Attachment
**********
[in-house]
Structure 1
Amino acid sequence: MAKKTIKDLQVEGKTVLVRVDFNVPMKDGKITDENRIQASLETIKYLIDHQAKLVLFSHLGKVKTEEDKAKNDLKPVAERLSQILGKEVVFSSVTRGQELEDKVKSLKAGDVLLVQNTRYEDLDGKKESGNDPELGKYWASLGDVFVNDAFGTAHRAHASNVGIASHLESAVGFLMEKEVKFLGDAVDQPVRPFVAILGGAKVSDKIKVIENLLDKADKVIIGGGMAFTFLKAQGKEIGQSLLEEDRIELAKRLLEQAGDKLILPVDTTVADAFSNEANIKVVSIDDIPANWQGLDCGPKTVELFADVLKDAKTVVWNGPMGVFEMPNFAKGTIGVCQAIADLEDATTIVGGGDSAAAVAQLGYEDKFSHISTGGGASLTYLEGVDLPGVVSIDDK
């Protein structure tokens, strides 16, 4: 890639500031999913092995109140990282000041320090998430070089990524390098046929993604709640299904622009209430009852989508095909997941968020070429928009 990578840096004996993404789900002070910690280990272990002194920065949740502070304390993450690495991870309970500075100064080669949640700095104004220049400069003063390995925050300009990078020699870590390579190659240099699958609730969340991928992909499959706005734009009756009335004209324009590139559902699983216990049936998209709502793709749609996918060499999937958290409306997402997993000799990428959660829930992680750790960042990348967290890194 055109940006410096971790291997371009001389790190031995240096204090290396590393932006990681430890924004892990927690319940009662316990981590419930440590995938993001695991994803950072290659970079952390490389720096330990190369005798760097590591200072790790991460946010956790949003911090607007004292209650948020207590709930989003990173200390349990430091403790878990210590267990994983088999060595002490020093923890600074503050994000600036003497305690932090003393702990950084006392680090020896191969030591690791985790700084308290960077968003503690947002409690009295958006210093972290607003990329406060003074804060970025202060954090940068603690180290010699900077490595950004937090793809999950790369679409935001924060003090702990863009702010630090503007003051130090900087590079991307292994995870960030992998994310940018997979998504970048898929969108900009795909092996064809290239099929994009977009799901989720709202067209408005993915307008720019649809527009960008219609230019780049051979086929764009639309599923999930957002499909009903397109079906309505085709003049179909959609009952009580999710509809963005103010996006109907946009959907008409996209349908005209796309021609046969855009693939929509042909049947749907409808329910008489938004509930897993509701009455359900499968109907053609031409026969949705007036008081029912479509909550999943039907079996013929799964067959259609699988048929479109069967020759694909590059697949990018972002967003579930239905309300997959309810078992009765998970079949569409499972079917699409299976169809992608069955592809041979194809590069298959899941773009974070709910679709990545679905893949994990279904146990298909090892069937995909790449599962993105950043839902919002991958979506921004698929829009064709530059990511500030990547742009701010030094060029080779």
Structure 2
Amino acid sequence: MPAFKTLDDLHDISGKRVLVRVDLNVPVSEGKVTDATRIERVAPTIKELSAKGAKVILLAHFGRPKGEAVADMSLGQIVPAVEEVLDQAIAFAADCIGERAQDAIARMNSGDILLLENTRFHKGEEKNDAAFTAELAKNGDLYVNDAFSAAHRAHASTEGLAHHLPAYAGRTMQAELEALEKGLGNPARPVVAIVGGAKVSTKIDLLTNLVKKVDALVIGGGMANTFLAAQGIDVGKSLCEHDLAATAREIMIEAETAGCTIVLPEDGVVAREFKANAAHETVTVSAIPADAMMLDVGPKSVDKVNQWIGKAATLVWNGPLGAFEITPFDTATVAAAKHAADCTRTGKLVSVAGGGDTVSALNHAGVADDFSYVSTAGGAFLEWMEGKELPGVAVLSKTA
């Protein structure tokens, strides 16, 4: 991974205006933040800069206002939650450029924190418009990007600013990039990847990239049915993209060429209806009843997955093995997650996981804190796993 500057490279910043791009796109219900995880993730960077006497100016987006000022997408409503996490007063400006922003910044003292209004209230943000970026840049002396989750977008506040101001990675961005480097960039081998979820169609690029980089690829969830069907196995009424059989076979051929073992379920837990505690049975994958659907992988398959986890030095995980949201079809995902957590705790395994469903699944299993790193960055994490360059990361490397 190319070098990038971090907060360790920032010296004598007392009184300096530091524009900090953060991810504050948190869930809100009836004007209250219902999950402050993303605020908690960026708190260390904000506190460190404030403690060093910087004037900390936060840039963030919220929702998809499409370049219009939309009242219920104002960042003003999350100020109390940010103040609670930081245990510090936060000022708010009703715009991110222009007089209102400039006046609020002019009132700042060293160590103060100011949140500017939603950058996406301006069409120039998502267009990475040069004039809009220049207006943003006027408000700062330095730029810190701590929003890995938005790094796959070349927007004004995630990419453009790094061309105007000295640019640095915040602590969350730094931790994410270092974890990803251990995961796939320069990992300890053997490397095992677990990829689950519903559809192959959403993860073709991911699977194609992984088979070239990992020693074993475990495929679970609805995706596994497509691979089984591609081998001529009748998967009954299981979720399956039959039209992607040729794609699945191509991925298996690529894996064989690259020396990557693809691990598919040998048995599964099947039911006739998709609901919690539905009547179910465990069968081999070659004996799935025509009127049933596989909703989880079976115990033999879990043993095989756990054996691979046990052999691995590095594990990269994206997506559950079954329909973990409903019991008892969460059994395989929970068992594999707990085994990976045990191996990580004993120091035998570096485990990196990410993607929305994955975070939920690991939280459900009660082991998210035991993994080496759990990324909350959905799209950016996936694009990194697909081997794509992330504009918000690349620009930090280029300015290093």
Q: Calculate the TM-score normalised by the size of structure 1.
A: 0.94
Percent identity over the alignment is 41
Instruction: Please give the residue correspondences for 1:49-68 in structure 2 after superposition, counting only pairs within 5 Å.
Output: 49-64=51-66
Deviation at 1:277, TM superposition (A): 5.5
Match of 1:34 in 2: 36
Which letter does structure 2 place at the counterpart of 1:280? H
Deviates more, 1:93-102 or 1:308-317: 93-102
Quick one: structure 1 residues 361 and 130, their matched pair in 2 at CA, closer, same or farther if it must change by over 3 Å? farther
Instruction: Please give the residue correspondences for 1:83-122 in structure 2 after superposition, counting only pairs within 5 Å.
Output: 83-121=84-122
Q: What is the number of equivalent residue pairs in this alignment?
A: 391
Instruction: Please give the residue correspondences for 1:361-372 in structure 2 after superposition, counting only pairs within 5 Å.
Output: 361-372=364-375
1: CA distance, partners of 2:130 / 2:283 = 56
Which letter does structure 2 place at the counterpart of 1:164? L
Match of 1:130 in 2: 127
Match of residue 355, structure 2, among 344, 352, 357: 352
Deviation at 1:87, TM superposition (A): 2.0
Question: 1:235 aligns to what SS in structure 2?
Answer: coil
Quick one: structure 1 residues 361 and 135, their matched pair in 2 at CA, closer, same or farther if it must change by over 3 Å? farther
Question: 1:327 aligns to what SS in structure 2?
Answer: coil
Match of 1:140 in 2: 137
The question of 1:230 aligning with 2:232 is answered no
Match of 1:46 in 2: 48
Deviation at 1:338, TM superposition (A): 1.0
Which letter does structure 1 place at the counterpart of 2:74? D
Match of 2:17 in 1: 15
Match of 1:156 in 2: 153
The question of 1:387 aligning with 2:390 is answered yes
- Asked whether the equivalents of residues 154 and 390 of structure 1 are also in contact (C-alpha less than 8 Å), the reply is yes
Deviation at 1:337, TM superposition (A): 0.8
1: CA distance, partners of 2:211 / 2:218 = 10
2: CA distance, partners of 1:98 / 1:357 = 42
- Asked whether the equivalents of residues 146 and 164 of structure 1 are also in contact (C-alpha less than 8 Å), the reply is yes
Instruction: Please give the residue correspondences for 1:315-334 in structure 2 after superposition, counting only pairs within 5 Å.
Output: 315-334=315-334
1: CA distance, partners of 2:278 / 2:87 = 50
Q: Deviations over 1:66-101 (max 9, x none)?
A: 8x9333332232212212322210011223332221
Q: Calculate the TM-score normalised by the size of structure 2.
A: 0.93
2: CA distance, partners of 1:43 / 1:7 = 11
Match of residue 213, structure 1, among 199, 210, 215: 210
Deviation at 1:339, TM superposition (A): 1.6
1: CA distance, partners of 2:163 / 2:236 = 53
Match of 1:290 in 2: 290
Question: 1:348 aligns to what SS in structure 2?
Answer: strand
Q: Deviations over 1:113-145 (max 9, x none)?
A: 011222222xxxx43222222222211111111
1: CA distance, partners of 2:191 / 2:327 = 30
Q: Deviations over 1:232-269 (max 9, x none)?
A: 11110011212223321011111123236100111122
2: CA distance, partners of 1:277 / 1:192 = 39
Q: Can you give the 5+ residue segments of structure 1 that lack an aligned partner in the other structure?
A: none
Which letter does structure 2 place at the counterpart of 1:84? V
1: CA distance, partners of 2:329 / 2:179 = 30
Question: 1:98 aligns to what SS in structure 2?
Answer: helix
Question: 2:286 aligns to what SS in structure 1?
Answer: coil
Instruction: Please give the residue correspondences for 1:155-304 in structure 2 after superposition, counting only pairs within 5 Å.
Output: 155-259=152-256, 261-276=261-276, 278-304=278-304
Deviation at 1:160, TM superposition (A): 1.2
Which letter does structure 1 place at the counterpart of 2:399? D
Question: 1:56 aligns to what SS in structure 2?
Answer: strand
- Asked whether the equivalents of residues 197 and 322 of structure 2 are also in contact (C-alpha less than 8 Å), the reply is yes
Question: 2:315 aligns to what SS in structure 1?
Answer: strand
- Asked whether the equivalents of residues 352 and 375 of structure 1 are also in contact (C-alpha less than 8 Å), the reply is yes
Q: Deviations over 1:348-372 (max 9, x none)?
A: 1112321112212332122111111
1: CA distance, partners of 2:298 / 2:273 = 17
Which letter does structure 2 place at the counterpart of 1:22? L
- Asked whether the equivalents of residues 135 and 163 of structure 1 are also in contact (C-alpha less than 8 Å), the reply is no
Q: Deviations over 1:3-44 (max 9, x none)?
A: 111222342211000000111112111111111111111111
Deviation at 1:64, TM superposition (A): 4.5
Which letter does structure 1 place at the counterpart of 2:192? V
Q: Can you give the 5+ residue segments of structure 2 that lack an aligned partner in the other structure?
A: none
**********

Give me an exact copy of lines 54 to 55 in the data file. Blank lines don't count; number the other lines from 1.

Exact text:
2: CA distance, partners of 1:43 / 1:7 = 11
Match of residue 213, structure 1, among 199, 210, 215: 210